Malarkey Says Malarkey

In recent years, books related to peoples’ alleged trips to heaven have caused quite a stir in the evangelical community. The books certainly sell and make the publishers money, but what doctrinal value are they providing to the church of Jesus Christ? Are we supposed to take the claims of these people and paste them to the back of our Bible and consider them the latest addition to Holy Writ?

The critics of this genre of Christian literature, known as “heavenly tourism”, have pointed out that in Scripture not even the apostle Paul was willing to describe his trip to heaven. He was uncertain as to how he came to see what he saw.

I know a man in Christ who fourteen years ago was caught up to the third heaven – whether in the body or out of the body I do not know, God knows. And I know that this man was caught up into paradise – whether in the body or out of the body I do not know, God knows – and he heard things that cannot be told, which man may not utter…So to keep me from becoming conceited because of the surpassing greatness of the revelations, a thorn was given me in the flesh, a messenger of Satan to harass me, to keep me from becoming conceited. (2 Corinthians 12: 2 – 4, 7)

In light of these words from Paul, and the shadow of doubt they cast on all claims of heavenly visitations (which are replete with detailed descriptions), it is not surprising to hear that Alex Malarkey, of the book The Boy Who Came Back From Heaven, published by Tyndale House, has publicly recanted his story. It will be interesting to see how this plays out and whether others will come out and recant, and whether the church’s fascination with this genre will finally wane and provide the publishers with no more profit. To learn more about this breaking story:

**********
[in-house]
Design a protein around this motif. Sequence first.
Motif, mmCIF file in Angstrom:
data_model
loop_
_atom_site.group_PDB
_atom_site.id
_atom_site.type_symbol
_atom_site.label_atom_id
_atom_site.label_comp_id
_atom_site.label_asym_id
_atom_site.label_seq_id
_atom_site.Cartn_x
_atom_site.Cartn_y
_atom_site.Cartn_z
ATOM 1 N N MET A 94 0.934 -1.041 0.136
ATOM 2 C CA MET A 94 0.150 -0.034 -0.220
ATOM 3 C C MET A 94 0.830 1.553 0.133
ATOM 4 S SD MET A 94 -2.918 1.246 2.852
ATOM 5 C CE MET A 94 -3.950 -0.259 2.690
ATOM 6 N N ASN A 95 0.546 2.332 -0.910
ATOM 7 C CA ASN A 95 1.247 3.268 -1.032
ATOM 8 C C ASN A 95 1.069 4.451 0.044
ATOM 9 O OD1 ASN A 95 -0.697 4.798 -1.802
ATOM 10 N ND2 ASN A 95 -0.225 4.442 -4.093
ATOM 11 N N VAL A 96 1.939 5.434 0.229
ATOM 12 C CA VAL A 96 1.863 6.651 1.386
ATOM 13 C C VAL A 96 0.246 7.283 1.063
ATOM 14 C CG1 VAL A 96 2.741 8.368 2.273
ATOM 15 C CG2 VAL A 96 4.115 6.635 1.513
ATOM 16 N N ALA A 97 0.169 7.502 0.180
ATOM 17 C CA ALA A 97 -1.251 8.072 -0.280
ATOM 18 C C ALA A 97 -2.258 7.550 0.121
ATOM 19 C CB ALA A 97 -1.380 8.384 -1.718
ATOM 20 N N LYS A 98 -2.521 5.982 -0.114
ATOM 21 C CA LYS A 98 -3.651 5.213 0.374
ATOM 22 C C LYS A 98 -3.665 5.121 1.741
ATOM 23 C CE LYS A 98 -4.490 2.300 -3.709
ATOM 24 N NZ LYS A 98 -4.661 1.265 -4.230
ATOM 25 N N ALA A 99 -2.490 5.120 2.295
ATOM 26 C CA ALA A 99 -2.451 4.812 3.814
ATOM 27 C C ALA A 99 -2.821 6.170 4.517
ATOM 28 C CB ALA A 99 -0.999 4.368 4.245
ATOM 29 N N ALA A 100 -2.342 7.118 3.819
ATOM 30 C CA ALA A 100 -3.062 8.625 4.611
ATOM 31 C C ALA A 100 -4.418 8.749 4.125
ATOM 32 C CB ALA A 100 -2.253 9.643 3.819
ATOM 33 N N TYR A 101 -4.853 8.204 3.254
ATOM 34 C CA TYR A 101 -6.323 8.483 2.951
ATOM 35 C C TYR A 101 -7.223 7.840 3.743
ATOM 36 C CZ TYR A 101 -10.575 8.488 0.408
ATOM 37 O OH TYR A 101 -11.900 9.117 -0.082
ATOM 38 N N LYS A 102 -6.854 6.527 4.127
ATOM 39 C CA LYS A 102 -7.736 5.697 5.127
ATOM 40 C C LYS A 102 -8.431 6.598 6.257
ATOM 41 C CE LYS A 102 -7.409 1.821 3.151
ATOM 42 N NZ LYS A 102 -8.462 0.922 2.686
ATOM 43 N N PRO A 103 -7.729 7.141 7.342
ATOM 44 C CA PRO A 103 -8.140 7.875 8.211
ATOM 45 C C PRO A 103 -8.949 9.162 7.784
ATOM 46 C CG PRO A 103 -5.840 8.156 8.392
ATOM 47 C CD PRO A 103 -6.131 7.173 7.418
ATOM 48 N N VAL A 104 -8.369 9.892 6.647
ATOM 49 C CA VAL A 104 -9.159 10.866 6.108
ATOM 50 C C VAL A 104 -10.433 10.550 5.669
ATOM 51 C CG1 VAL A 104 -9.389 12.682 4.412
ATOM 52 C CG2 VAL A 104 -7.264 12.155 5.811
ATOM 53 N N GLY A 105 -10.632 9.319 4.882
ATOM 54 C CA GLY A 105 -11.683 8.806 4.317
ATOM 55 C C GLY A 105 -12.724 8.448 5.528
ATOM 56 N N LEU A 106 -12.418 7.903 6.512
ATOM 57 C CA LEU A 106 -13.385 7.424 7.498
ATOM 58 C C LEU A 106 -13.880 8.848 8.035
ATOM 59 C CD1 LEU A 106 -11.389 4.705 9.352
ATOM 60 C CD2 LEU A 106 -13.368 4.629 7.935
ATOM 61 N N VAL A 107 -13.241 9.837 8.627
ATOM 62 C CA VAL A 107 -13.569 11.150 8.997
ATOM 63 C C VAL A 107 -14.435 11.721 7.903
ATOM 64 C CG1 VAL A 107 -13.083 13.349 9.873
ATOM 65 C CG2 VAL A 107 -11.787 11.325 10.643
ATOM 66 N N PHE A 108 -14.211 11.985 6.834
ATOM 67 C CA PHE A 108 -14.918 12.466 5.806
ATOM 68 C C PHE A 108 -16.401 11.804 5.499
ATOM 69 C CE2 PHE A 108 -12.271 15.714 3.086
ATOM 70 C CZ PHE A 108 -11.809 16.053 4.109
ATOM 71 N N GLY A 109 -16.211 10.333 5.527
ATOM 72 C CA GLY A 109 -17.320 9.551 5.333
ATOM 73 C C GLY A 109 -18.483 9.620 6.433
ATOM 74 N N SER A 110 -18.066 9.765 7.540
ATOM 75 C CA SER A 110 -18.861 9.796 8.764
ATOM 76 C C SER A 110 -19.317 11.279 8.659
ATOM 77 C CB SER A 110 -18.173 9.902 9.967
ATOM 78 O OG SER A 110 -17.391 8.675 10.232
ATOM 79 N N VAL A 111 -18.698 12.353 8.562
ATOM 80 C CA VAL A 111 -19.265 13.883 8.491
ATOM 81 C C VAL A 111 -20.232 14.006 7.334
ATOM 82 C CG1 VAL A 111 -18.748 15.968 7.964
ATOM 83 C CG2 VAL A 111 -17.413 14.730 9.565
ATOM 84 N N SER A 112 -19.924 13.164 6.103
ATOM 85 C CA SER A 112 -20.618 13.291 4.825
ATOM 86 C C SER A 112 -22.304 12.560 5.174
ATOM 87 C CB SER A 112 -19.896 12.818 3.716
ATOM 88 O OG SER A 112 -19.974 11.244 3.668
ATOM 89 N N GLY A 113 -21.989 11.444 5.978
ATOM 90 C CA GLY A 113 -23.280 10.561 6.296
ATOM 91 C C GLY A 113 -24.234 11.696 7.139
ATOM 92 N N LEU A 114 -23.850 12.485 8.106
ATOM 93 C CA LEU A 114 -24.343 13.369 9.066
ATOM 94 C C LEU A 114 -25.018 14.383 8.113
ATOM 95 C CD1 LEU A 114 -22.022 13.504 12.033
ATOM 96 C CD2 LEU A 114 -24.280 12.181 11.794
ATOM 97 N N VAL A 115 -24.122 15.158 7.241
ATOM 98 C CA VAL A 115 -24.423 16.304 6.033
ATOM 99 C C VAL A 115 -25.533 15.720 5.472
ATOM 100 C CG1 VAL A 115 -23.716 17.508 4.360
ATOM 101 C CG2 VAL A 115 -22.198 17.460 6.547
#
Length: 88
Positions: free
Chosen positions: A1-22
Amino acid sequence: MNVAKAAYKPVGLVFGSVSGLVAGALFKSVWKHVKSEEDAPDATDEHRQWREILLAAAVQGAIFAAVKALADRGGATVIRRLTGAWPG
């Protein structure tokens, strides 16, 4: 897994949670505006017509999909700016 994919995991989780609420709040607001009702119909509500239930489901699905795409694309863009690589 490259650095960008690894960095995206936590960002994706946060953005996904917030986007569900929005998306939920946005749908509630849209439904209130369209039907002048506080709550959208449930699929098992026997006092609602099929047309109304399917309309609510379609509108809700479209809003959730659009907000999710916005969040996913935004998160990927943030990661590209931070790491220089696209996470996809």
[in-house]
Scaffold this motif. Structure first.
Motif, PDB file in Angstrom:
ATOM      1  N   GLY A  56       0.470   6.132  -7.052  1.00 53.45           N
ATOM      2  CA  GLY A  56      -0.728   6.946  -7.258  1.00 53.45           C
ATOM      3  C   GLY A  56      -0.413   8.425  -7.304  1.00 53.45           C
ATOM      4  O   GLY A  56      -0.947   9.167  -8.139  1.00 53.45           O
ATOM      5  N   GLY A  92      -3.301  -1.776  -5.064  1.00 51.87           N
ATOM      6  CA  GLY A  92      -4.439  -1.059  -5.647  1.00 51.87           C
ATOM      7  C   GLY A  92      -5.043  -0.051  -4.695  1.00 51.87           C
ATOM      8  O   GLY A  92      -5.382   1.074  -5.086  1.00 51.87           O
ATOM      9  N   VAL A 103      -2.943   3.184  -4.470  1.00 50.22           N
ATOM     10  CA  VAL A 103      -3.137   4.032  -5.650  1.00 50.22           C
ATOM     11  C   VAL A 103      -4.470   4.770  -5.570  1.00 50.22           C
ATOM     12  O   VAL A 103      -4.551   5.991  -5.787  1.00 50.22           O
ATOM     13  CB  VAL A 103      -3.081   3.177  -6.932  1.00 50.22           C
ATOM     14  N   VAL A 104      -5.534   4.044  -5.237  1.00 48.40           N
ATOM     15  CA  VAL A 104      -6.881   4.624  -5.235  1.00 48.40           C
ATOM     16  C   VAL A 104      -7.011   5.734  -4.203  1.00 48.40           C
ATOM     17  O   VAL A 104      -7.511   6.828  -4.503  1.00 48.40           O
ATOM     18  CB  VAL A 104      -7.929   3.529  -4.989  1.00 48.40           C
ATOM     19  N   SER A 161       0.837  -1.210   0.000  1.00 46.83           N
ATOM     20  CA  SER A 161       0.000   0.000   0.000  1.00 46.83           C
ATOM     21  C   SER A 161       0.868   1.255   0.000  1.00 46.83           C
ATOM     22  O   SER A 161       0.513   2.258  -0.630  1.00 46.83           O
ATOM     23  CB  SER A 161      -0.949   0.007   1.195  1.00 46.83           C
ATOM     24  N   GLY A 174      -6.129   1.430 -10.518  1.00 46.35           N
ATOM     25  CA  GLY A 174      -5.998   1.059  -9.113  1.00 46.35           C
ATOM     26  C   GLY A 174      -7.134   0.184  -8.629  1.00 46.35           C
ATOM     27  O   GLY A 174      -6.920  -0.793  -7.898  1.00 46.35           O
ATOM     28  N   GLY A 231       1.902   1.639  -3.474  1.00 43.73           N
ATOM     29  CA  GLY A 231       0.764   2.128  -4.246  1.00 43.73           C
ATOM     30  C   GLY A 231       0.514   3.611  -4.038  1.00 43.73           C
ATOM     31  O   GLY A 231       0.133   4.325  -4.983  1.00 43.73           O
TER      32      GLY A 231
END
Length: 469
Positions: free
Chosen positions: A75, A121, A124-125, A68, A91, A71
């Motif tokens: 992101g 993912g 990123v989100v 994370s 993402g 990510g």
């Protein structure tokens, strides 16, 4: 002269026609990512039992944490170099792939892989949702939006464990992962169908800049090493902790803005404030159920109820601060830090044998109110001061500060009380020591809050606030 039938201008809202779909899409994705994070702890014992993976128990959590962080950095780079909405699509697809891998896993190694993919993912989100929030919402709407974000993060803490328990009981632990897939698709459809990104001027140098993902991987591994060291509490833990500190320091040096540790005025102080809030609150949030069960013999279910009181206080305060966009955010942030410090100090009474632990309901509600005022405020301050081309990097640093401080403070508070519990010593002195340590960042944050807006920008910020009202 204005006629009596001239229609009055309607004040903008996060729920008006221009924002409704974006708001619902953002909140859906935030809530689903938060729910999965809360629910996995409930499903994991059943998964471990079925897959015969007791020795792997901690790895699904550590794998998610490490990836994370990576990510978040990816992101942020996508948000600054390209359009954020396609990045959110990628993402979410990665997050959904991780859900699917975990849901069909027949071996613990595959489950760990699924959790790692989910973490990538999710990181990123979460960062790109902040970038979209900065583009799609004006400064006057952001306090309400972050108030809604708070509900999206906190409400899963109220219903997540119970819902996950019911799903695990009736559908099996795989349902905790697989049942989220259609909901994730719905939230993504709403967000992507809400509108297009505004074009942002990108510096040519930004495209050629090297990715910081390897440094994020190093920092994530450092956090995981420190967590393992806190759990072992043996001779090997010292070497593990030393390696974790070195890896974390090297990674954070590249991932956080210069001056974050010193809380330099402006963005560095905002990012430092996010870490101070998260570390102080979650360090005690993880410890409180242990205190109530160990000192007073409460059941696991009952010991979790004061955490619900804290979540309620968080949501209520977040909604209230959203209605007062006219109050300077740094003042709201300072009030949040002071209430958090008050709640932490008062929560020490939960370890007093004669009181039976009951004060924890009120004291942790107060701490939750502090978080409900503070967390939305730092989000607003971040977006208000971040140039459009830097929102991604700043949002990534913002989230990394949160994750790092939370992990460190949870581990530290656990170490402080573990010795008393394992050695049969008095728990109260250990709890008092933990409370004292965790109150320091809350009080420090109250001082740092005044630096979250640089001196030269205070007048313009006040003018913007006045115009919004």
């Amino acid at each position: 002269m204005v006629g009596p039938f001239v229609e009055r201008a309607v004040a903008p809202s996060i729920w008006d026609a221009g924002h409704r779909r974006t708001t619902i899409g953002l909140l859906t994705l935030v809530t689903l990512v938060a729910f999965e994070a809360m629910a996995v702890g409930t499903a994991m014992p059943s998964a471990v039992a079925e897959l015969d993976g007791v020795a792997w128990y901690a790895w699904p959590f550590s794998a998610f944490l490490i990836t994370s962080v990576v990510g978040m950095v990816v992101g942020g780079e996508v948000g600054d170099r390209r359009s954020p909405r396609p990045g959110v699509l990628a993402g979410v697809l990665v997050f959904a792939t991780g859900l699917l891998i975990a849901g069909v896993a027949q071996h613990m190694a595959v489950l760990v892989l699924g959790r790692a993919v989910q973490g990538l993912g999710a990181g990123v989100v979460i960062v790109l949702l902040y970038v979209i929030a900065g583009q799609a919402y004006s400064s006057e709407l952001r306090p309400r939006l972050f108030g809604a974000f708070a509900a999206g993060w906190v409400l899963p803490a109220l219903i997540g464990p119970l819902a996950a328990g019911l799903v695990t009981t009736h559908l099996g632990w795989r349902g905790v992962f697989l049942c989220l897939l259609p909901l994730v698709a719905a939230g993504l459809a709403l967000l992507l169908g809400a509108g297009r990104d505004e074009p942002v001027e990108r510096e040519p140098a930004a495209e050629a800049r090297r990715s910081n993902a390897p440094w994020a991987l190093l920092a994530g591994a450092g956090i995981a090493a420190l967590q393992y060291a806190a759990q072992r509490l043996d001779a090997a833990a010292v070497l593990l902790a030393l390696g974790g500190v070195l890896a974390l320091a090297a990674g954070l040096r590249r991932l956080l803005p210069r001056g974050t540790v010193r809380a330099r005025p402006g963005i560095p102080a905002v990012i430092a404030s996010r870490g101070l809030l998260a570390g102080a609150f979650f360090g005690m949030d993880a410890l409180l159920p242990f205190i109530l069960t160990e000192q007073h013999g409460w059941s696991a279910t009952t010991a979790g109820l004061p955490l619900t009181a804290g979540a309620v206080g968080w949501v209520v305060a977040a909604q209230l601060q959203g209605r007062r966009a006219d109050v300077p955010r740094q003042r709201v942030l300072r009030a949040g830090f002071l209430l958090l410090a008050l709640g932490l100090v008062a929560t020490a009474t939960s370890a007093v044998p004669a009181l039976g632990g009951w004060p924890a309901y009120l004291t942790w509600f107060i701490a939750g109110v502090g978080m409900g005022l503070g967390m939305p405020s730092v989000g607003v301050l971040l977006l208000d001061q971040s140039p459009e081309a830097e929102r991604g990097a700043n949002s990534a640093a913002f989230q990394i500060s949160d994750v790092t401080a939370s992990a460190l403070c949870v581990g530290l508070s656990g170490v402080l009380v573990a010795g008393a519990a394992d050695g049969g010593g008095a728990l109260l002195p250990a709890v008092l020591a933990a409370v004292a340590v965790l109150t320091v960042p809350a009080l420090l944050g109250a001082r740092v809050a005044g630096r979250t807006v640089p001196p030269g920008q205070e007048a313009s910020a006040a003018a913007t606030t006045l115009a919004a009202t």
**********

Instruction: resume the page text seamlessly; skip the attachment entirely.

1. Read Alex Malarkey’s published statement
  2. Read Phil Johnson’s (John MacArthur’s right hand man) commentary on the heavenly tourism genre.
  3. Read Phil Johnson’s personal correspondence with Tyndale House regarding Alex Malarkey.

Sadly, all signs point to Christian publishers and bookstores having no concern about making money off of false doctrine. We should not be surprised by this, however, for that very same Paul who gave us no detail about heaven gave us great detail regarding these latter days on earth:

But understand this, that in the last days there will come times of difficulty. For people will be lovers of self, lovers of money…(2 Timothy 3: 1 – 2)
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